By Liz Fuller
Azerbaijani President Ilham Aliyev has unveiled proposed amendments to the country’s constitution that opposition politicians claim are intended to enhance and prolong his and his family’s dominance of supreme power.
Azerbaijan’s Constitutional Court is to rule on those amendments within days, after which they will be put to a nationwide referendum (whether individually or as a package is not yet clear).
Specifically, the amendments prolong the presidential term from five to seven years and introduce the posts of first vice president and vice president. In the event that the president becomes incapable of discharging his duties, they devolve to the first vice president (not to the prime minister as at present). Only if the first vice president is similarly incapacitated does supreme power devolve to the prime minister. It is unclear whether those changes were deemed expedient in light of the fact that incumbent Prime Minister Artur Rasizade, who has occupied the post since 1998, is now 81.
The president is also empowered to schedule early presidential elections and to dissolve parliament if within one year it twice votes no confidence in the government or rejects his proposed nominees to the Constitutional Court, the Supreme Court, or the board of the Central Bank.
The minimum age for presidential candidates (currently 35) would be abolished and the age for election to parliament lowered from 25 to 18.
Other proposed changes preclude the “abuse” of certain rights, including: the right to free assembly, which would be contingent on “public order and morality” not being violated; and the right to ownership of land, which could be restricted in the interests of “social justice and effective land use.” In addition, Azerbaijani citizenship could be withdrawn “in accordance with the law.”
Two senior veteran opposition politicians have already voiced their concerns about the impact of the planned changes.
Azerbaijan Popular Front Party Chairman Ali Kerimli described them as “an attempt to provide a constitutional foundation for the existing de facto unlimited family power [and] strengthen authoritarianism” with the aim of keeping the Aliyev clan in power for all eternity. He did not speculate whether the post of first deputy president may have been created specifically for Aliyev’s wife, Mehriban, who is a deputy chairwoman of the ruling New Azerbaijan Party (YAP).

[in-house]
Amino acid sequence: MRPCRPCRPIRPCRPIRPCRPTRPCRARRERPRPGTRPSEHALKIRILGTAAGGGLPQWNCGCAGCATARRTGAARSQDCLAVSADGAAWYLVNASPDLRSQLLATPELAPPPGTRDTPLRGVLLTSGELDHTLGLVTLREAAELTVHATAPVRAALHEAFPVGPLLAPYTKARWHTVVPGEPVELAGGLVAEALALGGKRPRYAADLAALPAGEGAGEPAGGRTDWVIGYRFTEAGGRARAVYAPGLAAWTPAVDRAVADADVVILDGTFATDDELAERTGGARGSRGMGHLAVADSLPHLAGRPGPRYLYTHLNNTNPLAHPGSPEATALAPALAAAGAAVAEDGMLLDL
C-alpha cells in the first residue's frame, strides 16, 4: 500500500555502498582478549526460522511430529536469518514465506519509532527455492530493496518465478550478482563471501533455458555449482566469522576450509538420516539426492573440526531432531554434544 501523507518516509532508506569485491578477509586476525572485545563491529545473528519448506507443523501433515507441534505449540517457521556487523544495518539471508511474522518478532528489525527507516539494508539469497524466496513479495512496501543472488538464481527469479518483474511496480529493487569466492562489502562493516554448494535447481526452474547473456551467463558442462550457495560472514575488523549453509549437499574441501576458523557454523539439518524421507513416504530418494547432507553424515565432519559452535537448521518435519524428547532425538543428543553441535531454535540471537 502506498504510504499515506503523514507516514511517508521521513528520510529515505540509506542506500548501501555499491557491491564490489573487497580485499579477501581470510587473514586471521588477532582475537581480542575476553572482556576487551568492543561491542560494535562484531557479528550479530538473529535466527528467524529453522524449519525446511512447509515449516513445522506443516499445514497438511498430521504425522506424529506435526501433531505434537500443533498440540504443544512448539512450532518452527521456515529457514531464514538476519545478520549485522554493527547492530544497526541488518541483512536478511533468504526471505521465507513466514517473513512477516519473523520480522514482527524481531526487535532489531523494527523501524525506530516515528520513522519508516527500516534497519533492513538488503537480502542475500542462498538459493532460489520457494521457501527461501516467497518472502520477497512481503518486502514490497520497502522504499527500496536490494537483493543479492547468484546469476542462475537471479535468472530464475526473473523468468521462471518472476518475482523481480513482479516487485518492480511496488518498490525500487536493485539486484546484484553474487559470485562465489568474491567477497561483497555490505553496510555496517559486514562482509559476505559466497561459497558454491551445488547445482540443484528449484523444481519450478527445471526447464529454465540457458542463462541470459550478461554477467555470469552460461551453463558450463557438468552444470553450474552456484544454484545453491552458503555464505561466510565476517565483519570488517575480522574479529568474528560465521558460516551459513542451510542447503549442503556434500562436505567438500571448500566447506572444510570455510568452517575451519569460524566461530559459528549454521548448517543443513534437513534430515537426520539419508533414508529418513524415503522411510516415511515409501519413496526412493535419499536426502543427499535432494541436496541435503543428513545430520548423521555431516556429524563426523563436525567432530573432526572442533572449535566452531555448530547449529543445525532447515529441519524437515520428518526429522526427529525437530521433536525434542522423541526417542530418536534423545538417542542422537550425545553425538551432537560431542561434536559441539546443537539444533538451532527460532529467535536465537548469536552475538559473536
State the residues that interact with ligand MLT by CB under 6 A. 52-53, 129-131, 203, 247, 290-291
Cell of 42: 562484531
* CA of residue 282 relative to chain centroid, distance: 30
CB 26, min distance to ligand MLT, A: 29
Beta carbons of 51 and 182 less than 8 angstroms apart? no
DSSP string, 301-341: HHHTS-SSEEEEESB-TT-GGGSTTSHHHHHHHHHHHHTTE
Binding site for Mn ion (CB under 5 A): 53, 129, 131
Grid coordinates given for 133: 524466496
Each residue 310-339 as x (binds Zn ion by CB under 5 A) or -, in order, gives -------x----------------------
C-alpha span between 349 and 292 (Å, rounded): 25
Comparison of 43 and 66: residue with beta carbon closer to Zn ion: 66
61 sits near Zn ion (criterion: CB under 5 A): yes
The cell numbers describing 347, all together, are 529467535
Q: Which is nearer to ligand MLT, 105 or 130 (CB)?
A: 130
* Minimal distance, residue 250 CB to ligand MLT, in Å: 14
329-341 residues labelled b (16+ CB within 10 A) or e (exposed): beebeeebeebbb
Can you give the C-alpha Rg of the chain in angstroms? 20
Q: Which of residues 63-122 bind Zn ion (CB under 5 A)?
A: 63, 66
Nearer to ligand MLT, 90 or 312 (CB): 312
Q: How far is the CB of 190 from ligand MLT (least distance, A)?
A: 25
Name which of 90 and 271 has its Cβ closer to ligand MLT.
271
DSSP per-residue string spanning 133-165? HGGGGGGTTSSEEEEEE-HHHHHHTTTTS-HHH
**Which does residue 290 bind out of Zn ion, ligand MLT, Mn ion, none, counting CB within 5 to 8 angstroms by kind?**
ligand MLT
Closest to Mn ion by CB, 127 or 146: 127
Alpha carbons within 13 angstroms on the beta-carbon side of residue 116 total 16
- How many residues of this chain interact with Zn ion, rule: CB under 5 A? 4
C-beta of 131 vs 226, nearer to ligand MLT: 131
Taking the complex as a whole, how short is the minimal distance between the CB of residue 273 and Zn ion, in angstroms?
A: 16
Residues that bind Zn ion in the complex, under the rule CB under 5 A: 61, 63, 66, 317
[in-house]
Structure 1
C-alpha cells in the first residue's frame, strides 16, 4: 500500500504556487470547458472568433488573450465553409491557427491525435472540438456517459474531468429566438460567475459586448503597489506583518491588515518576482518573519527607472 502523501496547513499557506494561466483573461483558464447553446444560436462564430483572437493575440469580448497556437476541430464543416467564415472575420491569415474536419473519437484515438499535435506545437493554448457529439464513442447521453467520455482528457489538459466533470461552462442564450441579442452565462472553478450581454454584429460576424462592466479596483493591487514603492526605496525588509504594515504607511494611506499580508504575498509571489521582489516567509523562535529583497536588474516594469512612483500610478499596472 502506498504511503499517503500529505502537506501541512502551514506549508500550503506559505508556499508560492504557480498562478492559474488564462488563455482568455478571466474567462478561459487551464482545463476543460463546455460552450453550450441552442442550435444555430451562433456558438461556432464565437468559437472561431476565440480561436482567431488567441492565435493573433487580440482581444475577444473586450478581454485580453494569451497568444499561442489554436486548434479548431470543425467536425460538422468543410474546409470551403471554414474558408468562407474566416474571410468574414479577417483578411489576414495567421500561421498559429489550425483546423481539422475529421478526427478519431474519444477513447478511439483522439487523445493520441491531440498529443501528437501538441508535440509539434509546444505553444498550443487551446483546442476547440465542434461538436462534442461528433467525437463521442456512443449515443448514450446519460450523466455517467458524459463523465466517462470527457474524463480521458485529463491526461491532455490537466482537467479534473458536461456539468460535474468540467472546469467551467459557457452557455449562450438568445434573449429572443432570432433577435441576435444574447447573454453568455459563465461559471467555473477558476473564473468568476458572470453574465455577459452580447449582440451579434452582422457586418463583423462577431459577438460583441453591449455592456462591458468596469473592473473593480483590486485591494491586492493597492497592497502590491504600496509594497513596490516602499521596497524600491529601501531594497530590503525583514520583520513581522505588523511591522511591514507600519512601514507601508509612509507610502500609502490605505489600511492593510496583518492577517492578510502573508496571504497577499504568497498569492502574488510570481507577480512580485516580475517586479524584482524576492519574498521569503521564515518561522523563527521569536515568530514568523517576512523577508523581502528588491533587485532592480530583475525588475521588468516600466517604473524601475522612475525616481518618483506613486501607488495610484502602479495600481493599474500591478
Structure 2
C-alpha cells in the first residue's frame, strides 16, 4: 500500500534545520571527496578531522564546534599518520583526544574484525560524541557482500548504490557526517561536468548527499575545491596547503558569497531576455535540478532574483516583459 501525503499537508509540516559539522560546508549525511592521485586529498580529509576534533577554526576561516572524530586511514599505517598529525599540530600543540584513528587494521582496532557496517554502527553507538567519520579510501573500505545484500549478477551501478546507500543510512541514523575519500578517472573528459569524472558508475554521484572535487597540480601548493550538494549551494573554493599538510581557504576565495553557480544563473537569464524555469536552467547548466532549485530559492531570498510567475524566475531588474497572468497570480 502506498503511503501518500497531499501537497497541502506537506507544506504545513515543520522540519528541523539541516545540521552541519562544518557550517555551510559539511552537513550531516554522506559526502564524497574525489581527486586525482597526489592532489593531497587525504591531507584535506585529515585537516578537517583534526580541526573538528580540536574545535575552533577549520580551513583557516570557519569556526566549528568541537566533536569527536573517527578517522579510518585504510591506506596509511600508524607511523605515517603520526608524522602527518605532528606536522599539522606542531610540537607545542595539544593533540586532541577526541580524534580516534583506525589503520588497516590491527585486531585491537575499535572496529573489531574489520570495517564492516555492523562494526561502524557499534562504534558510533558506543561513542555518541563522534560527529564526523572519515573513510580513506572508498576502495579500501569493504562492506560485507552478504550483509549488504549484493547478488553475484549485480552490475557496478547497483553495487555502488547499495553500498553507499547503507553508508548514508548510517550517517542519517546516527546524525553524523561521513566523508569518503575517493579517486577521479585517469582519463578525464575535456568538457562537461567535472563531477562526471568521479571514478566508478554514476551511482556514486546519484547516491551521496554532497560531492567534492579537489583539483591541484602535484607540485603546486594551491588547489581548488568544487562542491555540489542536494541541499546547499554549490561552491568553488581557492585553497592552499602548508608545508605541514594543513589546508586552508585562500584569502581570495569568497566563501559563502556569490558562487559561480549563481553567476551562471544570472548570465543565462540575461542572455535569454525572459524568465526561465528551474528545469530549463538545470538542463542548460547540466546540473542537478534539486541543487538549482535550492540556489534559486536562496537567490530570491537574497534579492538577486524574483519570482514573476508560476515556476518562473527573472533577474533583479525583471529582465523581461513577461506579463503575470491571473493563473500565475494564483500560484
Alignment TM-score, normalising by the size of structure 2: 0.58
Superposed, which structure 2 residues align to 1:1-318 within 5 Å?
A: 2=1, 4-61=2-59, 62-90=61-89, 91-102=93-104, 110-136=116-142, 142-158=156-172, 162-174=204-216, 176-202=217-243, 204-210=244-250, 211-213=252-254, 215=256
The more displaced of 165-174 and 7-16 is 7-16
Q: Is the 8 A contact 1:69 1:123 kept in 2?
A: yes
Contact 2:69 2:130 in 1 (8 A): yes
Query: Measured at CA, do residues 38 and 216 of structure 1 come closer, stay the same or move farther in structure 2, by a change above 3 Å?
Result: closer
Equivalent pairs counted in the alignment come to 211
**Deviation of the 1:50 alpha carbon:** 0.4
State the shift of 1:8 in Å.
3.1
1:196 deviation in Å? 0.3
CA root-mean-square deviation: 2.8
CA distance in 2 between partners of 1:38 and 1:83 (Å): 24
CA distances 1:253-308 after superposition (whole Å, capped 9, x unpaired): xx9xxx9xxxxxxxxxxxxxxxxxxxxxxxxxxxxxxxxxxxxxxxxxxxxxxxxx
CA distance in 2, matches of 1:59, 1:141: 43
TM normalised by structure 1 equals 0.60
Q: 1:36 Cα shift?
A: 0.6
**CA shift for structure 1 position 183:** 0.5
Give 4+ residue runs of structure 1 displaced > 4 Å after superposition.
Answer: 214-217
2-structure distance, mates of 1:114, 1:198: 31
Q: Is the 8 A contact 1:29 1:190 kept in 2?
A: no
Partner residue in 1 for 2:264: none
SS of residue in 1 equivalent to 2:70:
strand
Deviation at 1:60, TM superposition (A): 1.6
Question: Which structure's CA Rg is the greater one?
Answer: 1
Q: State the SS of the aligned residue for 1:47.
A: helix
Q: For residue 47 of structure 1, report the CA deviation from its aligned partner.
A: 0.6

Musavat Party Chairman Arif Gacili similarly construed the proposed changes as intended to “broaden the extent of presidential power while simultaneously reducing the influence of the parliament and cabinet of ministers.”
By contrast, Siyavush Novruzov, who is deputy executive secretary of YAP, was quoted as saying that the proposed amendments are justified.
In particular, he made the point that extending the presidential term from five to seven years makes sense, as otherwise the country would face elections in three consecutive years (presidential in 2018, municipal in 2019, and parliamentary in 2020).
Economic Or Geopolitical?
Gudrat Gasanquliyev, one of a very few parliamentarians representing a party other than YAP, praised the planned changes as justified given the current geopolitical situation. He reasoned that, if talks with Armenia on a peaceful solution to the long-standing conflict over Nagorno-Karabakh “are not successful,” meaning if Armenia refuses unconditionally to relinquish control of seven districts of Azerbaijan that Armenian forces currently control, then “a bloody war awaits Azerbaijan.”
Referring to last week’s abortive attempt to oust Turkish President Recep Tayyip Erdogan, Gasanquliyev suggested augmenting the proposed amendments with a provision empowering the president in the event of a military coup to deploy the armed forces without first securing parliament’s consent.
This is not the first time President Aliyev has initiated a referendum on constitutional amendments that benefited himself personally. In March 2009, the electorate was called upon to vote separately on 29 proposed changes, of which the most controversial abolished the restriction barring one person from serving more than two consecutive presidential terms.
Aliyev was first elected president following the death of his father in late 2003 and reelected for a second term in 2008. The 2009 referendum, in which 71 percent of the electorate participated, made possible his election for a third term in 2013, even though the Council of Europe’s Venice Commission commented that “as a rule, it can be said that the abolition of existing limits preventing the unlimited reelection of a President is a step back, in terms of democratic achievements.”
It is not clear whether or to what extent Aliyev’s concern to tighten his hold on power is prompted by economic rather than geopolitical considerations. The Azerbaijani manat was devalued against the U.S. dollar in February 2015, and lost around one-third of its value against the dollar in December. Last week, President Aliyev established a special Council for Financial Stability headed by Rasizade whose composition largely duplicates that of cabinet members with responsibility for the economy. Analysts quoted by the news portal Caucasian Knot were skeptical whether it will succeed in its task.